The third are roughly 3 – 4 million Zimbabweans who have been driven out of the country by economic hardships, lack of job opportunities and political persecution. These are mostly young and middle-aged professionals, ranging from students, labourers, artisans, teachers, nurses, lawyers, doctors, university lecturers and business people. Many of them live in South Africa, other SADC countries, USA, Canada, UK and Australasia. Their political persuasion is divergent but many of them appear to support the MDC, while some of them are die-hard ZANU and ZAPU supporters.
This third group is incoherent, disenfranchised and stateless. Unlike at independence in 1980, they appear to have no immediate plans of going back home unless there is a ‘real change’ in the political and economic system. These disporans, as some would want to say, are almost a ‘state in exile’. Depending on how you look at them, they loom like an albatross around Zimbabwe’s neck which can easily pull the rug from under the feet of those in power. The money they send home fuels the economy, but their continued stay in exile has a macabre spectre.
And as my old weathered pal, comrade Santana, had previously confided in me: “comrade I have a broken heart because so many people have left Zimbabwe, including two of my children who are in South Africa. They have left the country, the country we dearly fought for. As you know, history shows that a country that has millions of its sons and daughters in exile will never be at peace with itself unless they come back home”.
As I sat down mulling over my journey, the inner voice in me once more whispered: “the elections in Zimbabwe have come and gone, what has not gone away is the stain of apathy and mistrust”. My sovereign conscience also told me that we the ‘victors’ and the ‘vanquished’ are one and the same people: we are like the tongue and cheek that need each other for survival. There are no winners or losers per se. The collective people of Zimbabwe are the ones who are either winners or losers.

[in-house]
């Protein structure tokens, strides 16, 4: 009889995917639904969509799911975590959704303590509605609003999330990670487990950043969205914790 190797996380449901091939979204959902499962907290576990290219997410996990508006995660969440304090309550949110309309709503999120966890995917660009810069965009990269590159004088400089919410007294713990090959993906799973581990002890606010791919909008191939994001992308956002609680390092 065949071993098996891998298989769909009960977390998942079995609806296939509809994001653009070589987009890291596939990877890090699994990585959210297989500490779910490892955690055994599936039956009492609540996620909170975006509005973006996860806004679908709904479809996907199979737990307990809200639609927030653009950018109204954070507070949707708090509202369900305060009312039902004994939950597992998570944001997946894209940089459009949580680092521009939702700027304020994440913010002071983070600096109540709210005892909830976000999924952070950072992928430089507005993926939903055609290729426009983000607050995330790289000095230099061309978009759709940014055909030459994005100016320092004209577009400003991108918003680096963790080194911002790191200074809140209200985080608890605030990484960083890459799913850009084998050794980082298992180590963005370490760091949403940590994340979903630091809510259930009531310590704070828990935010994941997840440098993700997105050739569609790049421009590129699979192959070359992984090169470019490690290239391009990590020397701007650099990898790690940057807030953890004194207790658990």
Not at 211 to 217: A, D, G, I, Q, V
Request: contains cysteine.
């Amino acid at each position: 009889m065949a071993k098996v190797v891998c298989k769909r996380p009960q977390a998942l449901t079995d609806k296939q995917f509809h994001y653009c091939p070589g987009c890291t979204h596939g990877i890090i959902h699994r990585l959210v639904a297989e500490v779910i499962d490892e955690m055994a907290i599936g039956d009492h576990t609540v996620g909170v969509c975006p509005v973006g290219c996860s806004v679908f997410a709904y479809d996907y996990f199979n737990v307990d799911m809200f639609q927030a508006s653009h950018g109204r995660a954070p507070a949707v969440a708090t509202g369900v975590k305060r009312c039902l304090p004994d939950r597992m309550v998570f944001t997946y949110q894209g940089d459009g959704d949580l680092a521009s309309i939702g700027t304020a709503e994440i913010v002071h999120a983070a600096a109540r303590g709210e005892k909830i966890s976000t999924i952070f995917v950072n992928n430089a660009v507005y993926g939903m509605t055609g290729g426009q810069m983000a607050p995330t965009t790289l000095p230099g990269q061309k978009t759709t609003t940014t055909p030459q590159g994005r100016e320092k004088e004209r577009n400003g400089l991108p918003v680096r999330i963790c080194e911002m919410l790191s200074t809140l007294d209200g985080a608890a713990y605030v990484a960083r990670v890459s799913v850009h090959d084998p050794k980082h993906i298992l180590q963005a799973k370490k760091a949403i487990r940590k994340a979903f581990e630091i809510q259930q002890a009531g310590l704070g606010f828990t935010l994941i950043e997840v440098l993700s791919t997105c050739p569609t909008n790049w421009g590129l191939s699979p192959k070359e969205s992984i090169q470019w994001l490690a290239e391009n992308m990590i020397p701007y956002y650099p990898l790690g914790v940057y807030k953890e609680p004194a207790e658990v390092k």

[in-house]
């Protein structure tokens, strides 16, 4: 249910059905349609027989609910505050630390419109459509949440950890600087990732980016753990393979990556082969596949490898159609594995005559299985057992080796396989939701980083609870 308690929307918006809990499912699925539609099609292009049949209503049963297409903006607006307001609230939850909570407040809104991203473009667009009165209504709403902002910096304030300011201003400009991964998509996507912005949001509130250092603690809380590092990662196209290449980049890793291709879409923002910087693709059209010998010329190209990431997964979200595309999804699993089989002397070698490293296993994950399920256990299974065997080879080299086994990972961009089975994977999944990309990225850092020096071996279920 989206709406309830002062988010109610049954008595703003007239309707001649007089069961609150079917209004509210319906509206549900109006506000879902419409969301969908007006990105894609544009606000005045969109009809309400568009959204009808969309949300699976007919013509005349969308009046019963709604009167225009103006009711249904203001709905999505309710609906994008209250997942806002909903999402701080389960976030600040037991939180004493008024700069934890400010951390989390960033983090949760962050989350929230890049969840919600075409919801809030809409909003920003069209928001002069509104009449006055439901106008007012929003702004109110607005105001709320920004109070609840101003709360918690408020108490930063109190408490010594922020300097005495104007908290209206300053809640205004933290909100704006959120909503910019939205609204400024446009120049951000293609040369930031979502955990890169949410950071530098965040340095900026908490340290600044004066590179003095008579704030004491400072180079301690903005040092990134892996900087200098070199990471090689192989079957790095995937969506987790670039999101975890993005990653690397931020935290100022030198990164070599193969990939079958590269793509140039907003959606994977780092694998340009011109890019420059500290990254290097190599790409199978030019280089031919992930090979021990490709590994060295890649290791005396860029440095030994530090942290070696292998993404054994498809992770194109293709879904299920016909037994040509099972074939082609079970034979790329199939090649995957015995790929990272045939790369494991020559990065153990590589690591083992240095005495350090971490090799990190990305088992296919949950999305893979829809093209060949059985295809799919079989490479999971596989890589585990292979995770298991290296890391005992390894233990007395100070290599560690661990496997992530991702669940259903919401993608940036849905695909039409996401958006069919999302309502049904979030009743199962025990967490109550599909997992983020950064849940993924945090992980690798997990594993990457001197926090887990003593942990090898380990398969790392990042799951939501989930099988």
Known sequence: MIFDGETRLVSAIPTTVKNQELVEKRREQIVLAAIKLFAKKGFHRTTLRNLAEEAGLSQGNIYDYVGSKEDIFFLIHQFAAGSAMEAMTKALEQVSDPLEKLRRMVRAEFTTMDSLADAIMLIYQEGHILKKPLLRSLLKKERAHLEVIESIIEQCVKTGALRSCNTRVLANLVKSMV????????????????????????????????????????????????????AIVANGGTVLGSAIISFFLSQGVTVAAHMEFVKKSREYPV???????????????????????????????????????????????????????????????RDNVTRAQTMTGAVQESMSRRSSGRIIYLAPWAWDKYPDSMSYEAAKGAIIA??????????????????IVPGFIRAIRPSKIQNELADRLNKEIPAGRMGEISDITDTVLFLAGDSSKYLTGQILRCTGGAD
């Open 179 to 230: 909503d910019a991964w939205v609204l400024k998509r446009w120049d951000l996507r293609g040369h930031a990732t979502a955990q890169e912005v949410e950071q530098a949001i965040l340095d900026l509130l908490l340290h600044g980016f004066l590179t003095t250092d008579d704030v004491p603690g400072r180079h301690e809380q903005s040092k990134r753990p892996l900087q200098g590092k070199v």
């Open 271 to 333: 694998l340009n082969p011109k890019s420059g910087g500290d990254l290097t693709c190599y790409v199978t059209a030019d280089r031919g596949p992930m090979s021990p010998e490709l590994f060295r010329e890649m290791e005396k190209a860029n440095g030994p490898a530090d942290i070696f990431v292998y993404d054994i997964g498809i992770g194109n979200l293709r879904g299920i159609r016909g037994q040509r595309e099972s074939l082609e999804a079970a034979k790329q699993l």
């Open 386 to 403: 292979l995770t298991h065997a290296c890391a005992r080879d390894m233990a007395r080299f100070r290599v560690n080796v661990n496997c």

While I was reflecting on the goings-on, I could not avoid wrestling with President Mugabe’s speech in 1980 when he declared that the future of Zimbabwe needs to be guided by “national rather than strictly party considerations”. Were these words empty as some critics would be quick to say? No, there is infinite wisdom in them.
But what are these ‘national considerations’ that we need to focus on in order to drive Zimbabwe forward? A perusal of the election manifestos of the main political parties shows that there is already some broad consensus. What needs to be done is to summon the collective wisdom of ‘all’ the people in order to write the final chapter of our destiny. The issues we need to focus on are:
- A marshal plan to direct the overall economic recovery of the country
- An urgent engagement with the western world so that our diplomatic relations can normalise
- The creation of massive employment for the majority of our people in the short, medium and long term
- An attraction of massive foreign and local investment into the mining sector, agriculture, industry, power and other infrastructural projects
- A modernization of our education system so that it can respond to the exigencies of our modern era
- A deliberate and vigorous policy of recruiting back home our professionals in diaspora to help drive the developmental process
- Establishing mechanisms which will allow fellow Zimbabweans to have lasting reconciliation, peace and freedom
In closing, allow me to share with you these poetic words:
Zimbabwe, unfurl your heart,
And the world will embrace you.
And you will stay alone.
Spite the world,
And you will be forsaken.
Rise up and sing a new song,
And the world will join in the chorus.
And the tune will be lost in the air.
And the world will conjugate and share its nectared love.
And you’ll taste a bitter pill.
Unleash your full potential and goodwill,
And the world will dine with you.
But decline and burden the world with your woes,
Alone you’ll drink life’s gall.